I had to smile when I saw this article having been to Florence in Ocotber and seeing David in the flesh as it were.
I think there is a more simple explanation. Having queued for nearly 3 hours anyone would be set to feint, throw a fit and fowm at the mouth.
I liked Brian Sewell's comment at the end.
Now culture shock has an official name: David Syndrome
By Nick Pisa in Rome and Catherine Humble
Most visitors to Italy's cultural sights feel the pleasure that can come from looking at some of the world's most beautiful buildings and paintings.
Yet for some the thrill is so intense that they suffer sweating, shaking and fainting spells - and need hospital treatment to recover.
Dizzy spell: Michelangelo's David on show in Florence
According to medical staff at Florence's Santa Maria Nuova hospital more than 100 people have been admitted over the past four years suffering from dizziness and disorientation after admiring the masterpieces of the Uffizi Gallery and other sights in the city.
Now an Italian psychiatrist is embarking on a detailed study of visitors to Michelangelo's David, regarded as the world's most beautiful statue, to measure their symptoms and assess its impact on their physical and mental well-being.
Graziella Magherini has begun a year-long study into the "emotional impact" of admiring the recently restored 500-year-old Renaissance masterpiece, which is viewed by almost a million people a year. Visitors will be asked to record their feelings as they gaze upon David.
Psychiatrists have long debated the existence of what is known as Stendhal Syndrome, a psychosomatic condition that causes rapid heartbeat, dizziness and even hallucinations when an individual is exposed to an "overdose" of beautiful art.
It is named after Stendhal, the pen name of 19th-century author Marie-Henrie Beyle, who gave an early detailed description of the phenomenon on a visit to Florence.
Prof Magherini said: "I believe a unique type of visitor establishes a direct bond with the statue that I call the David Syndrome. I'm convinced that admiring the statue causes mind-bending symptoms. It affects those who are creative and sensitive and those travelling on their own or in couples."
Doctors at Santa Maria Nuova say they regularly admit tourists suffering "mental imbalances" after taking in Florence's culture. One danger spot is the Uffizi, which contains Botticelli's The Birth of Venus and Leonardo da Vinci's Adoration of the Magi.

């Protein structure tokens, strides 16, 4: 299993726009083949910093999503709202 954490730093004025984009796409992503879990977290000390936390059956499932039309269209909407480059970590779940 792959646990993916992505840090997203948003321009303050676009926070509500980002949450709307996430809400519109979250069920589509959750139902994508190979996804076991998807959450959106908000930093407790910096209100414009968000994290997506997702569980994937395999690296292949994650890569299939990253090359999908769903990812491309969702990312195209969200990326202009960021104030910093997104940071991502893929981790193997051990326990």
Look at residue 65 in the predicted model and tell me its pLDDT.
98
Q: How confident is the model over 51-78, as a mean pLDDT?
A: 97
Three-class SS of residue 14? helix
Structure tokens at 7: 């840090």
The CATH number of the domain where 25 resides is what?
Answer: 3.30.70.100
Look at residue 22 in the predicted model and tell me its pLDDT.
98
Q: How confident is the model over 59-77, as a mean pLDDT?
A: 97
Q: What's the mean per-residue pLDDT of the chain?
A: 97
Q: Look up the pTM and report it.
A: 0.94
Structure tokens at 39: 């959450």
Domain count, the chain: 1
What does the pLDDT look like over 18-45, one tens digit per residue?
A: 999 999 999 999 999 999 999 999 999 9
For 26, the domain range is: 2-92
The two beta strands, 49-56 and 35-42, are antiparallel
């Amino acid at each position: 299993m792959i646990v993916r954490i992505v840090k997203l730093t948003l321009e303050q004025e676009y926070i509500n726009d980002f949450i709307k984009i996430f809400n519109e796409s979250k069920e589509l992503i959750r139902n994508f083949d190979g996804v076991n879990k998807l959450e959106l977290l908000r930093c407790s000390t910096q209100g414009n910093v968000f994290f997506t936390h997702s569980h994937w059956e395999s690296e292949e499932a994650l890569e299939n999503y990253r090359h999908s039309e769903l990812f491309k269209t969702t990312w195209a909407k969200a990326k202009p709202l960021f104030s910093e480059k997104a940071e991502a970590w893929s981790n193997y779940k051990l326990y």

Dr Paolo Rossi Prodi, the director of psychiatry at the hospital, said: "The patients are usually Europeans or Americans, overwhelmed by the cultural shock of arriving in Florence.
" One theory is the viewing of so much culture and art brings on a sense of anguish and insecurity, something that the patient is not used to. We have to treat them with anti-depressants."
Italians were immune to the condition, according to Prof Magherini, along with the Japanese, who she said were so organised in their sightseeing that "they rarely have time for emotional attacks".
Stendhal recorded in 1817 how he was affected by the city's culture. "Everything spoke so vividly to my soul," he wrote. "If I could only forget. I had palpitations of the heart. Life was drained from me. I walked with the fear of falling." Henry James and Marcel Proust both wrote of being agitated by Florence.
Dr Rossi described the case of a 40-year-old Briton who collapsed in the Uffizi. "He was in a terrible state," he said. "He was thrashing about and had taken complete leave of his senses. The last thing he remembered was looking at a Caravaggio; the rest was blank."
Galleries in Britain do not suffer in the same way. "We have never heard of anything like David Syndrome happening here," said a spokesman for the Royal Academy of Arts.
Brian Sewell, the art critic, said that it was hardly surprising. "With the Sistine Chapel it is perfectly understandable that someone might fall ill," he said. "No one could possibly faint in St Paul's Cathedral. If someone did they should be sent straight to the lunatic asylum."